If one were to envision dancers at work, a dog might not necessarily be there. Dogs can be time-consuming and expensive, and just imagine getting fur all over costumes. Yet both dancers and dogs typically abound with physical energy, curiosity and love for life. It’s a connection that’s part of the special bond between a human and his/her best friend. Dancers, just like all people, most likely treasure the cuddliness and love that dogs so willingly give.
Ian Kreidich and Kelly Pratt are full-time freelance photographers who specialize in dance photography. In January 2017, they had an idea to shoot dancers and dogs together – and the project, Dancers and Dogs, took off from there. They were interested in seeing how mixing the elegance of a dancer with the silliness of a dog would work on camera. They thought it might be a fun, intriguing challenge.
Here, Dance Informa speaks with Pratt to learn more about the project – how it started and grew, what the creative process is like, and how it might develop from here. Kreidich and Pratt have worked extensively with St. Louis Ballet, and the first dancers for the project were a few dancers in that company.
By March of 2017, they had assembled enough great shots to make a Facebook video ad for the new project, which went viral — viewed over 25 million times. This made Pratt incredibly pleasantly surprised, she says, and she realized that the project could really be something great. Since then, articles about the project have appeared in the London Evening Standard, Insider, People Magazine and many other publications worldwide. The photographer pair has shot dogs and dancers from all over the U.S., including Master Ballet Academy (Phoenix, AZ), Orlando Ballet, Nashville Ballet and Big Muddy Dance Company (St. Louis, MO).
Particularly meaningful for Pratt was working with American Ballet Theatre – her “dream company” to shoot, she says. Pratt and Kreidich have also worked with individual dance artists, apart from contracted company dancers (such as Bianca Bulle and Ashley Lew), in Los Angeles and other cities. “We mainly work with ballet dancers but also sometimes shoot contemporary dancers,” Pratt explains.
As for the dogs, Pratt shares how sometimes they’re the dancer’s pet and sometimes they aren’t. She explains how they’ve had a variety of temperaments and training levels in the dogs they’ve worked with, but at the same time there are minimum requirements; dogs need to be able to sit or stay with owners about five feet away, as well as be comfortable in their own skin, comfortable with new people touching them and comfortable in a studio environment, which is “somewhere many dogs haven’t been,” Pratt says. “But I would never want to put a dog in a situation where he or she is terrified.” The photographer pair aims to do one outdoor shot in every location they visit. That type of setting can bring more stimuli, making it harder for some dogs to stay focused, as well as more unpredictable factors overall.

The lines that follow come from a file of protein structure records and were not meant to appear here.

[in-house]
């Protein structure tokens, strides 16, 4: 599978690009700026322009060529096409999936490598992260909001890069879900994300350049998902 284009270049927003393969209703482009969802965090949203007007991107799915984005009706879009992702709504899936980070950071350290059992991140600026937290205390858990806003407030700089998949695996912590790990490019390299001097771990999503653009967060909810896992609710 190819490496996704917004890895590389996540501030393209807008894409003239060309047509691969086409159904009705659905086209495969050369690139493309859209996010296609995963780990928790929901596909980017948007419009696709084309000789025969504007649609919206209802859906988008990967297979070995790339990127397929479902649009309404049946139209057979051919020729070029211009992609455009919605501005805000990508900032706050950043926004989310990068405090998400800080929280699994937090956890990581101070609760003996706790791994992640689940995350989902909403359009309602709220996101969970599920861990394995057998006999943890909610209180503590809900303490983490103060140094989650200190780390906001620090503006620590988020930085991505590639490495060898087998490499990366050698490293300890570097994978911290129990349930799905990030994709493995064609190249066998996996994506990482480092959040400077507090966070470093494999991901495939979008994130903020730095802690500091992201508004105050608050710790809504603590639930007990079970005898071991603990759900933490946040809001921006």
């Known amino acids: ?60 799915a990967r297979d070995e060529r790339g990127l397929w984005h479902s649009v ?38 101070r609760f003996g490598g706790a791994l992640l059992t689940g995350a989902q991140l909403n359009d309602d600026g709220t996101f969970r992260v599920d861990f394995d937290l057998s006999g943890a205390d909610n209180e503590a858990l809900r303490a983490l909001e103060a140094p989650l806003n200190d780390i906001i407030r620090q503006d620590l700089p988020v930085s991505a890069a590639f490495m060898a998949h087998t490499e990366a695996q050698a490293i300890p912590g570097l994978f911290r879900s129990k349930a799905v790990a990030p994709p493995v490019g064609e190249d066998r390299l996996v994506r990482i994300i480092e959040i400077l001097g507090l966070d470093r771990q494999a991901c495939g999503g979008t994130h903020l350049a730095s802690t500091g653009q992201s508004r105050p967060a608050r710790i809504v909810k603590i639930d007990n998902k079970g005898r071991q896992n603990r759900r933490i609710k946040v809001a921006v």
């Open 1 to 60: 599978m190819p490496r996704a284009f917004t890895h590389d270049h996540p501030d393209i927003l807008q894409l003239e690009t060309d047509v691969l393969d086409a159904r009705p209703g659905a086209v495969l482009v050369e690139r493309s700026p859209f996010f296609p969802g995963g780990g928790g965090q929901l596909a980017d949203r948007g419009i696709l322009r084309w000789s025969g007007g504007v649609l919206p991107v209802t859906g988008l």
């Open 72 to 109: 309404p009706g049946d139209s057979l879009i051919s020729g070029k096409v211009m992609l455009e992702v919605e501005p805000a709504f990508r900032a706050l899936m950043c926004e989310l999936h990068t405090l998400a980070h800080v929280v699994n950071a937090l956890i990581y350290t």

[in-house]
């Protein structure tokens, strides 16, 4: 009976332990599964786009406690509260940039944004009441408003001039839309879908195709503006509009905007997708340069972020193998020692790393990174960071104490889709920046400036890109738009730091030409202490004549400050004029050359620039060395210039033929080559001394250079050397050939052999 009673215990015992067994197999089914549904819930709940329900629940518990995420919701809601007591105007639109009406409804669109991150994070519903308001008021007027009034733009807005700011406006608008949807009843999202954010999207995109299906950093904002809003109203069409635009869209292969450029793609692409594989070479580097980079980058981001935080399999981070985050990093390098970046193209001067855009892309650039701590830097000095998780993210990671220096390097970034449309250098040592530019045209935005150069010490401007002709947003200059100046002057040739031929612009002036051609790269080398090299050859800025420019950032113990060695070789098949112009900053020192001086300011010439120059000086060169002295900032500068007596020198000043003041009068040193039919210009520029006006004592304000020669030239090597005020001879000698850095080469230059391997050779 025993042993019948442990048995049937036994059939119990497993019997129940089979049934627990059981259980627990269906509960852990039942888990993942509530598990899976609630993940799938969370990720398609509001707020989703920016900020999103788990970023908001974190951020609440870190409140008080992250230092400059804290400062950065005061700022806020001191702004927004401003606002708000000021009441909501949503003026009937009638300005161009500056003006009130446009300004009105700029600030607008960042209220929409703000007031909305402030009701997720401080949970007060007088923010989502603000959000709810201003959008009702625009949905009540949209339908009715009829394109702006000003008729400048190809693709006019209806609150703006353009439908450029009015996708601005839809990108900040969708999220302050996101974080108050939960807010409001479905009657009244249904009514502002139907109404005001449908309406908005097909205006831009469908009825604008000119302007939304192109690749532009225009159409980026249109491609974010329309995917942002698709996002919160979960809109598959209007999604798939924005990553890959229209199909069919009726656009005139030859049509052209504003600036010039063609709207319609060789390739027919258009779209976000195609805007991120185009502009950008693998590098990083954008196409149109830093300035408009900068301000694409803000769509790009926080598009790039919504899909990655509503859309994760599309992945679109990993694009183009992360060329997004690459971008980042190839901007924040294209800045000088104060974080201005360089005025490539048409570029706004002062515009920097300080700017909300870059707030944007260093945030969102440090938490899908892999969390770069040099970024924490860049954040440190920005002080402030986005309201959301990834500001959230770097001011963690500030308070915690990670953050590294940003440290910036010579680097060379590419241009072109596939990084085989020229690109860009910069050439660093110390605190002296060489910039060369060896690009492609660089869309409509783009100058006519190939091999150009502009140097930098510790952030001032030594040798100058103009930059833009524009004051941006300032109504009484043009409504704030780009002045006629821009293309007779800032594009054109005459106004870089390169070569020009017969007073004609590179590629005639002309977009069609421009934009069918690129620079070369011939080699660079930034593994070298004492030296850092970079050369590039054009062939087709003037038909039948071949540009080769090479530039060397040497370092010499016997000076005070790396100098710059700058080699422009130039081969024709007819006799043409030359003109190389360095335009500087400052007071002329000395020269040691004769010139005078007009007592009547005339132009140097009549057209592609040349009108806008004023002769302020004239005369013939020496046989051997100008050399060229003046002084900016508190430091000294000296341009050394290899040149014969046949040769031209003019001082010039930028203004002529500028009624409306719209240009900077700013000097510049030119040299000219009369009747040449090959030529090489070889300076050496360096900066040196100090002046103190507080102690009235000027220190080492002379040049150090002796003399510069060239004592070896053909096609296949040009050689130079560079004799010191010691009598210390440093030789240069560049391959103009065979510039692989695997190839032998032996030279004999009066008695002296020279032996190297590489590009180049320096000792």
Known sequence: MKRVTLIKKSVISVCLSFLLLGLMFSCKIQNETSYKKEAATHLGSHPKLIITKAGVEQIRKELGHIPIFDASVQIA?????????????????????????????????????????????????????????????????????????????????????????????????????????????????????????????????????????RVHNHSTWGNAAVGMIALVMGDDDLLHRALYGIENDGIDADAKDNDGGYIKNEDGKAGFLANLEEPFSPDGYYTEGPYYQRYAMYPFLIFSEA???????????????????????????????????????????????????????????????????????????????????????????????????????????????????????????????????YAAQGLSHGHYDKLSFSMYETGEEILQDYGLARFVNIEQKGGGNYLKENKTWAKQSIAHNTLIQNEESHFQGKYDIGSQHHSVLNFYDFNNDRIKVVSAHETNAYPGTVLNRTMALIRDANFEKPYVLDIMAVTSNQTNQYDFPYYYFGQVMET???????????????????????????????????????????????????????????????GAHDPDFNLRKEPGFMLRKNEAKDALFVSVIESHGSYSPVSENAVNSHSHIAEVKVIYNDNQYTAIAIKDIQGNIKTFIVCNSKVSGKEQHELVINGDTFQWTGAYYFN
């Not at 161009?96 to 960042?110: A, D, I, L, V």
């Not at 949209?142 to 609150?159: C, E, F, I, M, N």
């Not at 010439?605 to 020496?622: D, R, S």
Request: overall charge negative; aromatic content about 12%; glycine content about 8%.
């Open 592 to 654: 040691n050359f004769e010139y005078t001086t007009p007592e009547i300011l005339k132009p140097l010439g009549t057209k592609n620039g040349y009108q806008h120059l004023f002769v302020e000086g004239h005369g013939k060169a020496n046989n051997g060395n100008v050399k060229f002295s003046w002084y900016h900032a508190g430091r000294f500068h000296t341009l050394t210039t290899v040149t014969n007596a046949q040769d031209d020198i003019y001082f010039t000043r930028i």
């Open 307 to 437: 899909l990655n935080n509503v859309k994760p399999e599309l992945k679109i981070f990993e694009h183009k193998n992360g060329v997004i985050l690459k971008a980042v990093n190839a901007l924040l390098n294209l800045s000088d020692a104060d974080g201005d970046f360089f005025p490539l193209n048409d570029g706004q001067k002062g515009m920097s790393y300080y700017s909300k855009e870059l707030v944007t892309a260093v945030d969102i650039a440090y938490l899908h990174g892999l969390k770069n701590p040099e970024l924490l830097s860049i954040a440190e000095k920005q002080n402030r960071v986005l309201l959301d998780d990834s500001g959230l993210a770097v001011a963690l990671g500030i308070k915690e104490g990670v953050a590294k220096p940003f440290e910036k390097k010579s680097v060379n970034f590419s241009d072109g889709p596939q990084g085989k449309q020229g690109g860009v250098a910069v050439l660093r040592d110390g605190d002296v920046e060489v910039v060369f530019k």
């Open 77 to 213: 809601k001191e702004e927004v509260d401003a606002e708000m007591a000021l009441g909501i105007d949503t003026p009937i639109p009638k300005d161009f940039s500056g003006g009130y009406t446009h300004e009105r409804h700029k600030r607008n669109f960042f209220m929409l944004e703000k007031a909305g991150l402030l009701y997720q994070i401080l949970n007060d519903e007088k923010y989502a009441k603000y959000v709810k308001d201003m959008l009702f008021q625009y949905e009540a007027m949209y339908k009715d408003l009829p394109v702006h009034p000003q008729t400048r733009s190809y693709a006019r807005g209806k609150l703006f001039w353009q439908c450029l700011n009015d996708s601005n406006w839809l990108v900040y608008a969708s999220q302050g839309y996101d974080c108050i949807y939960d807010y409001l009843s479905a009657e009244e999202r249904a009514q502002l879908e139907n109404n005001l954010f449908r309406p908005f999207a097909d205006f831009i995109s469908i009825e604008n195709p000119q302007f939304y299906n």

On the more trained end of the spectrum, she and Kreidich also worked with The Super Collies, a group of trick dogs who were on America’s Got Talent. They also aim to shoot a variety of breeds. “We don’t want to shoot all purebreds,” Pratt asserts. Whatever the breed, and whomever the dancer, they look for that “spark” of connection between dancer and dog — that moment when the special type of love between canine and human kind is clear. Pratt describes how the best shot can be the “outtakes”, when something happens that wasn’t intended to happen but when that spark of connection between dancer and dog is clear.
Showing these connections aligns with the main larger vision of the project, to humanize dancers to the wider public, explains Pratt. “Many people who don’t know dance see [dancers] as mythical creatures, or with this snoody, moody edge that the media shows. We’re trying to show that, no, they’re real people, they laugh and have fun like regular people. Connecting them with dogs really shows that, brings them down to earth.”
In another conscious vision beyond the photography project, Pratt and Kreidich have engaged in initiatives to help get shelter dogs good homes, as well as raise awareness of the issue of overcrowded shelters and the constant high number of dogs who need a loving family to care for them. They produced the “Muttcracker” last year, for instance, an event showcasing adoptable dogs.
With all of this accomplished in such a short time, Pratt is pleased and proud of what the project has become in two years – particularly in gaining nationwide recognition, she affirms. “Doors of opportunity have opened, so now the question is ‘where do we go from here?’” she says. Pratt describes working with a learning curve, as no one’s ever shot this particular subject matter, and she and Kreidich aren’t — per se — animal photographers.
Yet she feels that “now, having done this work for two years, we can totally do that,” she shares. The photographer pair wants to keep working with new dance companies and independent dancers, and eventually to produce a book of work from the project. “We never really know who will want to partner, or what could happen,” Pratt affirms. For the time being, every shoot with dancers and dogs can bring new possibilities and new joy.
For more on Dancers and Dogs, visit dancersanddogs.com.
By Kathryn Boland of Dance Informa.